How to Train your Dragon puzzle – review

Puzzled by dragons?  You don’t need to be anymore!

How to train your Dragon is a wonderful animated movie loosely based on the British book series of the same name by Cressida Cowell.

The story takes place in a mythical Viking world where a young Viking teenager, named Hiccup, aspires to follow his tribe’s tradition of becoming a dragon slayer. After finally capturing his first dragon (a rare Night Fury) and with his chance at finally gaining the tribe’s acceptance, he finds that he no longer has the desire to kill it and instead befriends it.

I remember watching the first How to Train Your Dragon with my eldest son back in 2010. It was an awesome film.  Meaningful, witty, and captivating.  My son loved it too, especially ‘Toothless’, the main dragon (which he calls Miaow Dragon).

This year, How to Train Your Dragon 2 came out and we had to see this one too.  It seriously doesn’t disappoint.  The same gang are back with adventures and amusement a plenty.

We actually saw the movie during the summer holidays so it was wonderful to be asked to review a How to Train Your Dragon puzzle by Ravensburger.

I always worry about puzzles, that children lose interest as they get difficult in places.  I was really surprised with this one.  It kept Joshua’s interest right through until the final piece.

The box actually contains three different puzzles (as the above picture shows).  The box also comes with three pictures which you can use as little posters too.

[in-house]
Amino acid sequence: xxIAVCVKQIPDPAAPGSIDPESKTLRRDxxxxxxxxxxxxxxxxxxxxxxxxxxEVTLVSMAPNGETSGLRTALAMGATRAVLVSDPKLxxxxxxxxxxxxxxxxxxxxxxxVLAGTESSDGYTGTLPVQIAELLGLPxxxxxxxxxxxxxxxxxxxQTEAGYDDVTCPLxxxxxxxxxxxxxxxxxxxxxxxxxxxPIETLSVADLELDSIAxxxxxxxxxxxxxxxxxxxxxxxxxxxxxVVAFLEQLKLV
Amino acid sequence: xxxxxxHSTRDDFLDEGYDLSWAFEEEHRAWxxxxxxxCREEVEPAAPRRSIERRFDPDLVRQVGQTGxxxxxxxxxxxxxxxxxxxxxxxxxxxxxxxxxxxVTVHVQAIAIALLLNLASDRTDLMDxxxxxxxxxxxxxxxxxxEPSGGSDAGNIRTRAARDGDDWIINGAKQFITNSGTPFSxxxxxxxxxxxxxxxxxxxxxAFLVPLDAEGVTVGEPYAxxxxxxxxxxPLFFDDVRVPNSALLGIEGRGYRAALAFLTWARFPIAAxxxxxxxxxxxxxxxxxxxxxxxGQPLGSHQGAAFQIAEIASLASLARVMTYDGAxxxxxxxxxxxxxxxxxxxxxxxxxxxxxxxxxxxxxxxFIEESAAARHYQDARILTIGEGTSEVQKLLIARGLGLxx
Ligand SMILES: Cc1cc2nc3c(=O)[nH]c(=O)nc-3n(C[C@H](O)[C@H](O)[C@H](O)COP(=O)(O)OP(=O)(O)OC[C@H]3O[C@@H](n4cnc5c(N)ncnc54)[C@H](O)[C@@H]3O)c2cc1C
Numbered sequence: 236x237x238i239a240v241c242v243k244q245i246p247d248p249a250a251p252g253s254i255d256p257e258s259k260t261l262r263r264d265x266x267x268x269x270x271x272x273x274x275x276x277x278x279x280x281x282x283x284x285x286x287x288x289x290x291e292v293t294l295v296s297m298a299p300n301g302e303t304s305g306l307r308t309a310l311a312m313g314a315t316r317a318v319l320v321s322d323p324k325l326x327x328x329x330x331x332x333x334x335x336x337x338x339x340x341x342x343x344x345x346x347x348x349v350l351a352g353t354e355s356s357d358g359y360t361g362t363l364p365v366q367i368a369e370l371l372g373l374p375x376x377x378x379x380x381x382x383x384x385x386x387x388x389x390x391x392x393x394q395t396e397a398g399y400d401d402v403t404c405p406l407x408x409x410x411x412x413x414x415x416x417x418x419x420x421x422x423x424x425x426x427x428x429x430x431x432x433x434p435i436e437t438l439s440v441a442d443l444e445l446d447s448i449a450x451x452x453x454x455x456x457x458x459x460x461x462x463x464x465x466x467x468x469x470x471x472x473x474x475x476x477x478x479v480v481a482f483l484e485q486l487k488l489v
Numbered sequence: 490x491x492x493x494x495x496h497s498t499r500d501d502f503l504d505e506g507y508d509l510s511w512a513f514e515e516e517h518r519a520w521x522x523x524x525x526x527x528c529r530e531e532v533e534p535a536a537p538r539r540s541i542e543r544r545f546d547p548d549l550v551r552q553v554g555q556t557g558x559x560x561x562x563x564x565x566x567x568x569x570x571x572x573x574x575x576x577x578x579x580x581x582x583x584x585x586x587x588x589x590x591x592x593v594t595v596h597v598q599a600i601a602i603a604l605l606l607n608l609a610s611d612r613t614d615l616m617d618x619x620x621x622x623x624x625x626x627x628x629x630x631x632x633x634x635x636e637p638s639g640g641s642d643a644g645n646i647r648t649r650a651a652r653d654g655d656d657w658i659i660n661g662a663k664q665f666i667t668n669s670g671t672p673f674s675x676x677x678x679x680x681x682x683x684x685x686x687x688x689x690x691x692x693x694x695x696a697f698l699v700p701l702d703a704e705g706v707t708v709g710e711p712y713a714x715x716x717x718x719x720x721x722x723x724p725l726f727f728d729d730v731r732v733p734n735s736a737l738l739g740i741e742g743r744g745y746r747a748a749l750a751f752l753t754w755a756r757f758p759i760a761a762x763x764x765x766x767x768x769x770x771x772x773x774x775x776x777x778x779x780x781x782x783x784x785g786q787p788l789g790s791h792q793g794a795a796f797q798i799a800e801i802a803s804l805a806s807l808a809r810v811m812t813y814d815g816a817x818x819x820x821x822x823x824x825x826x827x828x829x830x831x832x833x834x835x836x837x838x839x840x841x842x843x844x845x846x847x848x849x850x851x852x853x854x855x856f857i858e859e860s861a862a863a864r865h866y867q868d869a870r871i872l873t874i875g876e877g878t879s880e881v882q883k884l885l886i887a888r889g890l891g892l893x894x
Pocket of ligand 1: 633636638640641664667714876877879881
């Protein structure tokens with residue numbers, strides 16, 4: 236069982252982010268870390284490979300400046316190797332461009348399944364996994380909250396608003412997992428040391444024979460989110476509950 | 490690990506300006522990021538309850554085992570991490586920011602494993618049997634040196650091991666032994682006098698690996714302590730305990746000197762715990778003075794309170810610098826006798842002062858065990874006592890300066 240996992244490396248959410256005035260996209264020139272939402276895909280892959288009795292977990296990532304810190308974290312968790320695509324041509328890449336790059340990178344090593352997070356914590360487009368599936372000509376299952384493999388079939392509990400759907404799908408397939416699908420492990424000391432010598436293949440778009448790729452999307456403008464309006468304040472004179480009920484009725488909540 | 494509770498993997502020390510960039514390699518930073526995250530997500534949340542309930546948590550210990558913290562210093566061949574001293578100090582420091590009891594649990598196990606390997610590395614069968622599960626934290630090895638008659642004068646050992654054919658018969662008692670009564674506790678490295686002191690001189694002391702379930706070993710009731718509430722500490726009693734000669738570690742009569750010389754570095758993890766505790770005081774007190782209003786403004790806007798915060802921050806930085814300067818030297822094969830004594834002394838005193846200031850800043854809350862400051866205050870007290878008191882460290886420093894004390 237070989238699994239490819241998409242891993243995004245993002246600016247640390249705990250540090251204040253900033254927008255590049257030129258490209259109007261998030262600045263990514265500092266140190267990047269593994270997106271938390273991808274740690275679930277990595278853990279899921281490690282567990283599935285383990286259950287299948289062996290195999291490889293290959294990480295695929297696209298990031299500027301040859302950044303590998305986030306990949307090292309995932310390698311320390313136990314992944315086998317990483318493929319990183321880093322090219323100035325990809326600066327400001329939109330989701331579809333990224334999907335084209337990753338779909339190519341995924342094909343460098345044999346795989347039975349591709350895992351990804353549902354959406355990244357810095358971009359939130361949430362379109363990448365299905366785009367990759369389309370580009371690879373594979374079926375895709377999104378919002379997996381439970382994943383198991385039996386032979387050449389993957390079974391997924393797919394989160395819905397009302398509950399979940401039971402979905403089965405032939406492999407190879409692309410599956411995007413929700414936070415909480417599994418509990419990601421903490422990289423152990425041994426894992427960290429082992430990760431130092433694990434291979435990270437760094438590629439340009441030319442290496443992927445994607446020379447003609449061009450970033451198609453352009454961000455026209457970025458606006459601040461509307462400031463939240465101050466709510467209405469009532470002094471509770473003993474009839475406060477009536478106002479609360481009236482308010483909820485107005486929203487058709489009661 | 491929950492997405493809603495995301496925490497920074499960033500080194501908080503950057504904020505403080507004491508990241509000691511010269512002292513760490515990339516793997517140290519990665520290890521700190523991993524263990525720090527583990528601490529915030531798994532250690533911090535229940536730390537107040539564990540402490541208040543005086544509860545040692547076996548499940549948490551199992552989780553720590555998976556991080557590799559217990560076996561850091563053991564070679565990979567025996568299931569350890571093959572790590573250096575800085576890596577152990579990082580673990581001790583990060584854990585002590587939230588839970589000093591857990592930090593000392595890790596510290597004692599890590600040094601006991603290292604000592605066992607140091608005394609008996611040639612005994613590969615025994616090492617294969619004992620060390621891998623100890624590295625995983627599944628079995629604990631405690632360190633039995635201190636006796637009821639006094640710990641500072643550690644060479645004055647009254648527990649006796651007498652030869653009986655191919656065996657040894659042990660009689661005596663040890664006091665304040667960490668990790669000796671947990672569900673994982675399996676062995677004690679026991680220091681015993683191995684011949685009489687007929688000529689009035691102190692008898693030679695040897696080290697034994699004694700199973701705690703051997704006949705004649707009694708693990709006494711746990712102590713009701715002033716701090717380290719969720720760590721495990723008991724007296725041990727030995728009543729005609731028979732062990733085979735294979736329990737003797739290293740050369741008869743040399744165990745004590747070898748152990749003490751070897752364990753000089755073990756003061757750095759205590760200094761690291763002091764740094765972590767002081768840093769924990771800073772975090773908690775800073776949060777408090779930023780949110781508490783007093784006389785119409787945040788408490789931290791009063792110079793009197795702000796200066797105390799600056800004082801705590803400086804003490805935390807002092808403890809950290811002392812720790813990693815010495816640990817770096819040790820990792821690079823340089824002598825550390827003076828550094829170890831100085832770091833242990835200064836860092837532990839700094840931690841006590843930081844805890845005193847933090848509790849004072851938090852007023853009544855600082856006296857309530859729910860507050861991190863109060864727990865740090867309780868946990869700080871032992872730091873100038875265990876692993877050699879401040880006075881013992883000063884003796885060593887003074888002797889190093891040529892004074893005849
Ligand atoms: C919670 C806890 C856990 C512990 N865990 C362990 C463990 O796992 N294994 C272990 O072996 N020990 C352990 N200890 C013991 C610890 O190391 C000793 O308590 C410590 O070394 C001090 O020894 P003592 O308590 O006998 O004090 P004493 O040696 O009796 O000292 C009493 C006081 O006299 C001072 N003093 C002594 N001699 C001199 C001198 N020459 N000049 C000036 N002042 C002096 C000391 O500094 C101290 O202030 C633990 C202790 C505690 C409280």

The puzzle pieces are well made, so they can be used over and over again without the edges coming apart (that really irks me!).  They are a good size for little hands, but not too big that they seem like a baby puzzle.

Although the pictures look detailed, the way the puzzle has been broken up means that little minds stay focused on the puzzle and they don’t get disheartened quickly.


















Just as a helping hand, don’t do what I did when I first opened the box.  I was trying to separate the three puzzles by looking at the pictures and placing the corresponding pieces on each picture.  I was a bit perturbed at this I thought children would get super bored trying to separate the pieces before even attempting the put the puzzle together.  Along comes Joshua (who is 5) and looks at the puzzle pieces for about 2 seconds and says to me “why don’t you sort it by the patterns on the back of the puzzle”.  Basically, one puzzle has stripes on the back, one has spots on the back and the other has another pattern on the back!  He is obviously wiser than his mummy!!

This is lovely little puzzle.  Great for those colder and wetter days which seem to be on us now.  I had a lovely time with this puzzle and it really helps with communicating with your child too! Boys tend to not say much but whilst constructing our puzzle Joshua couldn’t stop talking about everything and anything!

I might go out and get another one.

Disclaimer:  I was send this product to review.  All opinions and views are my own.


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